Nov 23, 2018|
From Competitors to Allies: Chinese Bookstores Get a Boost From JD.com
Traditional brick-and-mortar bookstores around the world are facing challenges of declining traffic and sales amid fierce competition. Now, in China, traditional bookstores are experiencing a revival thanks to e-commerce giant JD.com.
JD.com, China’s largest retailer, has its own significant online book business. But the company is also providing solutions for book procurement, logistics and technology to 49 offline book stores, including Yitiao and AIO SPACE , part of JD’s “Retail as a Service,” or RaaS, strategy. Under the strategy, the company has provided a wide array of technology and services to companies ranging from consumer goods manufacturers to restaurants and other retailers.
Using technology developed for JD’s own e-commerce business, the company is helping to modernize supply chains and increase sales for the offline stores. Tangning Books, a bookstore in Guangzhou with two locations, for example, managed a dizzying array of more than 60 book suppliers before partnering with JD on May 15, 2017. The companies worked together to source all the books from JD.com’s inventory, with replenishment services from JD’s nationwide, in-house logistics network every week, significantly saving on labor costs and delivery delays. Sales grew 30% from May to the end of December in 2017, and profits grew 17% over the same period.
Since the partnership began, Tangning Books has reduced turnover to 220 days from over one year. Using JD’s big data analysis capabilities, the store now also has insight about customer buying behaviors, and chooses book assortments tailored to its customer base, leading to more sales.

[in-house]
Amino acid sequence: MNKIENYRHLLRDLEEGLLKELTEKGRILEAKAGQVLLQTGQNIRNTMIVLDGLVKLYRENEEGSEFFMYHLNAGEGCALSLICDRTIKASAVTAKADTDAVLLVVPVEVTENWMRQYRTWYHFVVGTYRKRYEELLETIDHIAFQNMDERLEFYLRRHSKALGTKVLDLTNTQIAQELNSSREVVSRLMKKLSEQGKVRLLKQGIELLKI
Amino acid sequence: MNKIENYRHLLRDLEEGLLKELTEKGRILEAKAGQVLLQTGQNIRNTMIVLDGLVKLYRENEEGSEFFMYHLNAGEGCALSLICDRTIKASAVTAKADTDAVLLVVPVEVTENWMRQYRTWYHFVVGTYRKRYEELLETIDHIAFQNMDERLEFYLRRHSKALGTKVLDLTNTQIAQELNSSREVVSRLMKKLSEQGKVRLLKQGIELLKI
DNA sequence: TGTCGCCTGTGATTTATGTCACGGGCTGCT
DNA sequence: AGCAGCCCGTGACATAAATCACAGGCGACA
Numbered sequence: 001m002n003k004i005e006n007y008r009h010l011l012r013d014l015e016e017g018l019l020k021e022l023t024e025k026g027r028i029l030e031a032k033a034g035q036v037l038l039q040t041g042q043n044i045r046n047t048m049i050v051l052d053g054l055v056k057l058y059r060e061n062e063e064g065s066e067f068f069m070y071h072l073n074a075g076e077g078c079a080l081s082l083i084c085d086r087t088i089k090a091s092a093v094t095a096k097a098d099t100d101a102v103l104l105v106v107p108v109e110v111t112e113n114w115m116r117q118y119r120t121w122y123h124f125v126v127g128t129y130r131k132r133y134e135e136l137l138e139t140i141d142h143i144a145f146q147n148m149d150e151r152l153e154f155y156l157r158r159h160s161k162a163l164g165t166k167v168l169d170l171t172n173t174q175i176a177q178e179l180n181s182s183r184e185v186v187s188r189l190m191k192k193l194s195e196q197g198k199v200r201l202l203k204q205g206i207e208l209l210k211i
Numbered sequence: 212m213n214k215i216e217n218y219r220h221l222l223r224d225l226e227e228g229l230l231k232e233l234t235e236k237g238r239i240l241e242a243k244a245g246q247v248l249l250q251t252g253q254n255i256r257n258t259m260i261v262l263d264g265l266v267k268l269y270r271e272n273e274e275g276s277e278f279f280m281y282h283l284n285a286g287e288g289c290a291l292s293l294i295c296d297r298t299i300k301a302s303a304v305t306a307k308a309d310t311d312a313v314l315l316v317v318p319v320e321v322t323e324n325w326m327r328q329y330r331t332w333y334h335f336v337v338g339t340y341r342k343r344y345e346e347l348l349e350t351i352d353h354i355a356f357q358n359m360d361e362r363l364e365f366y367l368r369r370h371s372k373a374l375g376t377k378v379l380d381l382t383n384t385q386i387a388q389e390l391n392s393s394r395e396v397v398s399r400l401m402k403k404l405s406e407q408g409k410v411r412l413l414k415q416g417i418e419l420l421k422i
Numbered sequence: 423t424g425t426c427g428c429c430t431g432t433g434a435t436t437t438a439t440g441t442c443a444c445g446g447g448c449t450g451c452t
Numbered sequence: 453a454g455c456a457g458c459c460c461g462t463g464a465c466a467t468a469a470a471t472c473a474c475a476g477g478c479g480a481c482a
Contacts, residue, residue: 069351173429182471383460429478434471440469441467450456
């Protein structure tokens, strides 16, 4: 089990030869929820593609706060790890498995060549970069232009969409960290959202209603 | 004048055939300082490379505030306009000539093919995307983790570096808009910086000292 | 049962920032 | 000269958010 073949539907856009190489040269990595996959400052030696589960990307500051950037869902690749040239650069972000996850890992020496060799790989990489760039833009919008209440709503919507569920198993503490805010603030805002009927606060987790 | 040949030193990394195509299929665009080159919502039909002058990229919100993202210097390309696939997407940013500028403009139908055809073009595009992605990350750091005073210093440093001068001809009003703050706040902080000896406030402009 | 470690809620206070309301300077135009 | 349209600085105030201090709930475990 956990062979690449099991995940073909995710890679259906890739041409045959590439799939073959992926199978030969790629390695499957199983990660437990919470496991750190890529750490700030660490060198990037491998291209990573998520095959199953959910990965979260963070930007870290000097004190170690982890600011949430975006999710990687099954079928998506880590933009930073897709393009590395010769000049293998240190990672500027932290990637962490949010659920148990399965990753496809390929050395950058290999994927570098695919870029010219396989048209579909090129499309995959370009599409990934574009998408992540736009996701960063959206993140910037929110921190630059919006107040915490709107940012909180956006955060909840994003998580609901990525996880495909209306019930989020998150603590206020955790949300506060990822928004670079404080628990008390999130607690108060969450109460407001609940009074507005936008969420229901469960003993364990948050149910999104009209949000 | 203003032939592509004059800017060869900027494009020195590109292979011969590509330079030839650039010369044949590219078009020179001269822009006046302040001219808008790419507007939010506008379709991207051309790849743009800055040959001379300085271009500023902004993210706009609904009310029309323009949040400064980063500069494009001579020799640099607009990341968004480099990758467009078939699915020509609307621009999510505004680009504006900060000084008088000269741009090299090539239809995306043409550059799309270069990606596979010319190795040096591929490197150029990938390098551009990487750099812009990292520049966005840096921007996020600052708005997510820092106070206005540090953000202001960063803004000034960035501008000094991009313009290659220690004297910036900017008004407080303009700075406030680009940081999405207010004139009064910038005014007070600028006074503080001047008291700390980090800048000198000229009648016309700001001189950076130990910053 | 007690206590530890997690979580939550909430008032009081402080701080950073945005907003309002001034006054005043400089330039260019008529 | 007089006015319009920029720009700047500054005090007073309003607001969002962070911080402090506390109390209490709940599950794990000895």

“Without the help of JD’s technology and supply chain expertise, our business would have no competitive advantage in the traditional mode,” said Ningxin Lu, Founder of Tangning Bookstore.
“Now with the backing of e-commerce technology, we see a bright future for the offline book business.”
Another pain point for offline book stores is that they can’t stock every book customers may ask for in their limited space. Tangning Books lets customers scan QR codes for books they can’t find in store to have the books delivered within 24 hours from JD.com’s deeper inventory instead. In this way, the companies work together to create an “endless aisle” of choices for customers while JD shares profits from the sales with Tangning.
“Offline bookstores are just one example of the many industries where JD’s expertise in supply chain and inventory management, big data and technology can benefit other companies and industries, beyond JD’s own platform,” said Haifeng Yang, general manager of the Value Supply Chain Department at JD Logistics.
JD’s RaaS solutions have helped a number of companies, even beyond retail. Wang Shun Ge, a famous restaurant chain in China, has cut delivery costs to its restaurants by 50%, while getting faster shipments, since beginning to using JD for digital procurement of kitchen ingredients and logistics in 2017.